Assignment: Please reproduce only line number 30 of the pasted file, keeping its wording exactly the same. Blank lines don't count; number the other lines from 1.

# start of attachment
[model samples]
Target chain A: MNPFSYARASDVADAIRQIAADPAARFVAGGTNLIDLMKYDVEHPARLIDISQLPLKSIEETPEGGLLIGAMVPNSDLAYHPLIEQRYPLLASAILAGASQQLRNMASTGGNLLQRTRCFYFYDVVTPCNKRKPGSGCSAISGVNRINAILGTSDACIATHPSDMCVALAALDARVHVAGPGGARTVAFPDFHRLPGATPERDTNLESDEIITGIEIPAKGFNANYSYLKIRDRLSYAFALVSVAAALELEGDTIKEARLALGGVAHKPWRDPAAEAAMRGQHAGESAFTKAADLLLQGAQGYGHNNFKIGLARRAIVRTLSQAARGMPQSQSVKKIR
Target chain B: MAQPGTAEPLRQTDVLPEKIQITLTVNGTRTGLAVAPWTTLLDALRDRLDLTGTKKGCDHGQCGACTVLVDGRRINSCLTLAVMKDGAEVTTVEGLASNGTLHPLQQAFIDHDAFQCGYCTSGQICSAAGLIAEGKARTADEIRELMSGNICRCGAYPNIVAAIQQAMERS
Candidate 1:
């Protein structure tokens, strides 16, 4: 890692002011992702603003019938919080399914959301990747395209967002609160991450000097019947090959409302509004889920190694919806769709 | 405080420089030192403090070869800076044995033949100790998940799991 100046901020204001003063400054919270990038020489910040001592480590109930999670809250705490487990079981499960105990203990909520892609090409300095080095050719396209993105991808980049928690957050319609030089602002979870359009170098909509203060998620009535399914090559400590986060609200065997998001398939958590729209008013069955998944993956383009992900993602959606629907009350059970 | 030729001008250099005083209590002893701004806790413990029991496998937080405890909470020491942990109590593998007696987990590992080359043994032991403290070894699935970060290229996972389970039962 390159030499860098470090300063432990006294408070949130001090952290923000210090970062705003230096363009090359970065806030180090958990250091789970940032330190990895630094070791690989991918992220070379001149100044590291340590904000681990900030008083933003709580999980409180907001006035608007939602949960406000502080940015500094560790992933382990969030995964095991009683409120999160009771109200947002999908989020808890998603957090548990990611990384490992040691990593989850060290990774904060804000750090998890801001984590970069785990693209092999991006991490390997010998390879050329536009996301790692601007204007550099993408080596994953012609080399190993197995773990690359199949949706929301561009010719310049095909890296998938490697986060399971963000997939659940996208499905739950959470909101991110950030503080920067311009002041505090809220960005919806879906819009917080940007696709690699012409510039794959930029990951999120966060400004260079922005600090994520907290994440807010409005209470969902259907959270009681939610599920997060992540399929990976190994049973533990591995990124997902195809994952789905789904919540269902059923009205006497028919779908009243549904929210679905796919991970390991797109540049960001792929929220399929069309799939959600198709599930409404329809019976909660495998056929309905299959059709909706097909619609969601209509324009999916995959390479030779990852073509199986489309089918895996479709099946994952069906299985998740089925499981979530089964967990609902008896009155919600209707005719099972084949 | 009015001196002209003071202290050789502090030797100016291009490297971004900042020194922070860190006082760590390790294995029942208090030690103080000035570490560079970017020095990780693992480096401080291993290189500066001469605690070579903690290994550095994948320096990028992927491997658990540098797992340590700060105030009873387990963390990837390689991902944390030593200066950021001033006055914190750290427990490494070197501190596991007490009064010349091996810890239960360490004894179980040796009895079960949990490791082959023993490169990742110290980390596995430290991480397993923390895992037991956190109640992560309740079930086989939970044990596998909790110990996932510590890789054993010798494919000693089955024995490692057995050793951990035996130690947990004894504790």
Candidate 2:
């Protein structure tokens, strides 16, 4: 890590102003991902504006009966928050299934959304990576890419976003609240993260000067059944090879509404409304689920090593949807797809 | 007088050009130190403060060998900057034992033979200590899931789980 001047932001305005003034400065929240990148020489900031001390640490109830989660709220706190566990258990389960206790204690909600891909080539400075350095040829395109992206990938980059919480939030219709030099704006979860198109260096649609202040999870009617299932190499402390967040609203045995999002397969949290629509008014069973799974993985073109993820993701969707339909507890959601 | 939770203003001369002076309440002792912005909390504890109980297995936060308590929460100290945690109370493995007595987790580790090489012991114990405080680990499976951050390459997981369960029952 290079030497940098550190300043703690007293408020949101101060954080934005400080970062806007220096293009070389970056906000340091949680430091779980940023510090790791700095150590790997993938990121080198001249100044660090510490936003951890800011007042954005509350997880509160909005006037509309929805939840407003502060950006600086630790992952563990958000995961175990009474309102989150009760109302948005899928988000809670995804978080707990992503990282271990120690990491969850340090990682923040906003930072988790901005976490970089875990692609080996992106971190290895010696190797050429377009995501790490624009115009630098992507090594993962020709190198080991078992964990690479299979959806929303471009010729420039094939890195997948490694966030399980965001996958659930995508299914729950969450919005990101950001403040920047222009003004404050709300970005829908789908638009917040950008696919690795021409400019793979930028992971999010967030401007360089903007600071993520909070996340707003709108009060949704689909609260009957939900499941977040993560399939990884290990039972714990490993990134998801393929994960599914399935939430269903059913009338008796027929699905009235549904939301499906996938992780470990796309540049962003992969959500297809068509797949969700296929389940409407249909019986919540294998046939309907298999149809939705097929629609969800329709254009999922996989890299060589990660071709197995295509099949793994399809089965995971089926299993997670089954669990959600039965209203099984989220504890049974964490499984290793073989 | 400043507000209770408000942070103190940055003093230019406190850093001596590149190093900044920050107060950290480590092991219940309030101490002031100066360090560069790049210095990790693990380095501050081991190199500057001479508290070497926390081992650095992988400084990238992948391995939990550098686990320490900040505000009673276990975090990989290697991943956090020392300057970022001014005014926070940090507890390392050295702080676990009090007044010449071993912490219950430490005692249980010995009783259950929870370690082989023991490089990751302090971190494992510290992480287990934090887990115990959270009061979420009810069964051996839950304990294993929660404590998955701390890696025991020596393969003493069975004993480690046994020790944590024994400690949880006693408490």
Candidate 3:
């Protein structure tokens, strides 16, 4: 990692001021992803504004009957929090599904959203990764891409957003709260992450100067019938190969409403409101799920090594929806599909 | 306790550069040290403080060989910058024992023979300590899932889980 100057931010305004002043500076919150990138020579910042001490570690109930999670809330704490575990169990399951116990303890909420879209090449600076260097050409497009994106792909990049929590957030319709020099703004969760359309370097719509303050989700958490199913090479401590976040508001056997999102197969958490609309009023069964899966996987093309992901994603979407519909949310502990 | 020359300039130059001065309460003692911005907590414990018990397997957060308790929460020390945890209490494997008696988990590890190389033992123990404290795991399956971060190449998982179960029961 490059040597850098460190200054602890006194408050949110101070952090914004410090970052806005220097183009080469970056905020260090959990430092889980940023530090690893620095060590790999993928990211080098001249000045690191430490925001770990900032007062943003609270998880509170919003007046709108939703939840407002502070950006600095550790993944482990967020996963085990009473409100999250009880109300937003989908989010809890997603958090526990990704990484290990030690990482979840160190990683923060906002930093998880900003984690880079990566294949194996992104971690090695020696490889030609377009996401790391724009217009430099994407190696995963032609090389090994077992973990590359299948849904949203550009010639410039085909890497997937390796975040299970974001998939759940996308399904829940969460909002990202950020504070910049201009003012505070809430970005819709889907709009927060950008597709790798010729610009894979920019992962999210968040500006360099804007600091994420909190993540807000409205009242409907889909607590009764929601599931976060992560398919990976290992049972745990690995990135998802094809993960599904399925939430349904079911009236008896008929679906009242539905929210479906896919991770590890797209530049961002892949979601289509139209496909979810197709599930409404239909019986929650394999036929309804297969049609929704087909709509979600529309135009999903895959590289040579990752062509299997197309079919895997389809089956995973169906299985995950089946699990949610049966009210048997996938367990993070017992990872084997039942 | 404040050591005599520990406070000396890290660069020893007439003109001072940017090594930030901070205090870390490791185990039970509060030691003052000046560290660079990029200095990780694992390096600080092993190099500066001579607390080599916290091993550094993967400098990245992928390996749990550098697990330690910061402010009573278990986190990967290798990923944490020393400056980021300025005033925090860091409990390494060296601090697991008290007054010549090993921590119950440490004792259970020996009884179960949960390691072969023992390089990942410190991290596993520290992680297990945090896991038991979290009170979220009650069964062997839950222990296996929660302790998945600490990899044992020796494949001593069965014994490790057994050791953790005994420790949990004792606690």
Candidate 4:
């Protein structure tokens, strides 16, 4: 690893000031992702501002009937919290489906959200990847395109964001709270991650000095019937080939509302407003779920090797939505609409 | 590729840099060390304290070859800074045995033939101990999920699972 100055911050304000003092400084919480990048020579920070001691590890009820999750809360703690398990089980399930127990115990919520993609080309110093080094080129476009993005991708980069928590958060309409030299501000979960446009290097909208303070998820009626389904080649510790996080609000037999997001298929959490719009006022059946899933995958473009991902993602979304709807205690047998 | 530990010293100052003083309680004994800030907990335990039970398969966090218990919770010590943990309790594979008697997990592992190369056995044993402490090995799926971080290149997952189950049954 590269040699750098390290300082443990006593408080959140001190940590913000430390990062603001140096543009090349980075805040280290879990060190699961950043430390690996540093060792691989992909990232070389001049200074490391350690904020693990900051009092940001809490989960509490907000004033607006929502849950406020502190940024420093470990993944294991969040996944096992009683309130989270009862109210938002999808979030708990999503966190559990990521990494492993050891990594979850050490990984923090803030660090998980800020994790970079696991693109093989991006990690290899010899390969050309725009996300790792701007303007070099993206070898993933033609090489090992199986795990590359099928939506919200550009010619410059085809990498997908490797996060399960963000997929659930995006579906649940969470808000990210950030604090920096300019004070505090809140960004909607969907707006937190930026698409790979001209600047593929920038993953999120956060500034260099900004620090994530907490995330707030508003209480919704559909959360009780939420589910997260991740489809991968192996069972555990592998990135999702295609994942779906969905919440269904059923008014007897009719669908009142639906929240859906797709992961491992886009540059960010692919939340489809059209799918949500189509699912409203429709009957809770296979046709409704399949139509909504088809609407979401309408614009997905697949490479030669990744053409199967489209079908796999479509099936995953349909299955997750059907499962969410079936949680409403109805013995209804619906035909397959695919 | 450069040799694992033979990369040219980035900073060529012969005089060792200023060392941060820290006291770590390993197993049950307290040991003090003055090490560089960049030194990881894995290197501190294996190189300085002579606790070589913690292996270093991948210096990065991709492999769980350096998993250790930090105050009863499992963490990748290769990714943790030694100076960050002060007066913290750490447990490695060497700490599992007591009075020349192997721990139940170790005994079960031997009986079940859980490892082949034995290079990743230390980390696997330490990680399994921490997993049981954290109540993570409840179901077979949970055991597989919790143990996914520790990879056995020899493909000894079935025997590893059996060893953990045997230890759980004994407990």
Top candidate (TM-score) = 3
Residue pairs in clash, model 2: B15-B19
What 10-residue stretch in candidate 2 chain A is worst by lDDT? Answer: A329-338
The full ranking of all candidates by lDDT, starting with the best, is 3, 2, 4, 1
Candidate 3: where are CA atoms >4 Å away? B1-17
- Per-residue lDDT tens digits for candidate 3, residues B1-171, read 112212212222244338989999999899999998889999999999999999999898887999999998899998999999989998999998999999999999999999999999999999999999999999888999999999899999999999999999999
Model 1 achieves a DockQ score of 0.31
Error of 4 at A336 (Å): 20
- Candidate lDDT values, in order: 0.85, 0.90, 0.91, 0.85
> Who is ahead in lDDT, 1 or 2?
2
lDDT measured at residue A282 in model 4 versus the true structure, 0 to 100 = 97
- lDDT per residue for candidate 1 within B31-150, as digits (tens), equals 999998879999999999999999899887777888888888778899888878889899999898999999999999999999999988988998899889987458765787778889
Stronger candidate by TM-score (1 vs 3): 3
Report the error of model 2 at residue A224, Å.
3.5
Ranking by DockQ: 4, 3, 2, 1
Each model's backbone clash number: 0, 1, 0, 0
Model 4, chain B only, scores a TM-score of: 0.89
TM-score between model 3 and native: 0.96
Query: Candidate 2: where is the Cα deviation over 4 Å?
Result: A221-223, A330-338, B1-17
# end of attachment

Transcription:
Model 4, chain B only, scores a TM-score of: 0.89